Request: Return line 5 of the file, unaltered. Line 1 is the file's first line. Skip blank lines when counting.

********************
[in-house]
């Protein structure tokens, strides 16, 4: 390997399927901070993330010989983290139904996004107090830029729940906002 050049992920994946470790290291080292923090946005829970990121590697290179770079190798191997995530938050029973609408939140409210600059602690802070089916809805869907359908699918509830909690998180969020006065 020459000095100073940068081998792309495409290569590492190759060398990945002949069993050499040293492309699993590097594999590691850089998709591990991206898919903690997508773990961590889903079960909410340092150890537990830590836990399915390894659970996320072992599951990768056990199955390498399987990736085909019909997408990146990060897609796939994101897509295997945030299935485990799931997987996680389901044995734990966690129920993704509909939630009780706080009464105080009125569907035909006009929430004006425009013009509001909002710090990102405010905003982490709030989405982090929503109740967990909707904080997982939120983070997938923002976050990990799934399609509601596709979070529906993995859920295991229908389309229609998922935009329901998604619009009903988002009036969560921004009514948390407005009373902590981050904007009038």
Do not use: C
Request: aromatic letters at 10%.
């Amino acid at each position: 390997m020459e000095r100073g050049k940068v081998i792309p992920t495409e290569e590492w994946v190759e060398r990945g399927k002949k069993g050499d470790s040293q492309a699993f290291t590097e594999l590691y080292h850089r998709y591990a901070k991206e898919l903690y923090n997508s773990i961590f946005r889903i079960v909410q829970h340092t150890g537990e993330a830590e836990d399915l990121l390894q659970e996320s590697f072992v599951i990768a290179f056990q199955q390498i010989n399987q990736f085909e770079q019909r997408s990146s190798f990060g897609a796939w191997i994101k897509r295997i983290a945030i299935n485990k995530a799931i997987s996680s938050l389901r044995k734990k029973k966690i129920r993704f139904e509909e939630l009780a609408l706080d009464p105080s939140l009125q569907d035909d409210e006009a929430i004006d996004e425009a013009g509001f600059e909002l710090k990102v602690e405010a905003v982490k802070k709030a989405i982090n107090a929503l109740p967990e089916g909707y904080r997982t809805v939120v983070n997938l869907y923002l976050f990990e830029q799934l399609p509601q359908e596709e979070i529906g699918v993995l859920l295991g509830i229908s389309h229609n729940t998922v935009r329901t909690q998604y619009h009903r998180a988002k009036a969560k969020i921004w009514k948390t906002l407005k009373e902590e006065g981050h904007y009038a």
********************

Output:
């Amino acid at each position: 390997m020459e000095r100073g050049k940068v081998i792309p992920t495409e290569e590492w994946v190759e060398r990945g399927k002949k069993g050499d470790s040293q492309a699993f290291t590097e594999l590691y080292h850089r998709y591990a901070k991206e898919l903690y923090n997508s773990i961590f946005r889903i079960v909410q829970h340092t150890g537990e993330a830590e836990d399915l990121l390894q659970e996320s590697f072992v599951i990768a290179f056990q199955q390498i010989n399987q990736f085909e770079q019909r997408s990146s190798f990060g897609a796939w191997i994101k897509r295997i983290a945030i299935n485990k995530a799931i997987s996680s938050l389901r044995k734990k029973k966690i129920r993704f139904e509909e939630l009780a609408l706080d009464p105080s939140l009125q569907d035909d409210e006009a929430i004006d996004e425009a013009g509001f600059e909002l710090k990102v602690e405010a905003v982490k802070k709030a989405i982090n107090a929503l109740p967990e089916g909707y904080r997982t809805v939120v983070n997938l869907y923002l976050f990990e830029q799934l399609p509601q359908e596709e979070i529906g699918v993995l859920l295991g509830i229908s389309h229609n729940t998922v935009r329901t909690q998604y619009h009903r998180a988002k009036a969560k969020i921004w009514k948390t906002l407005k009373e902590e006065g981050h904007y009038a």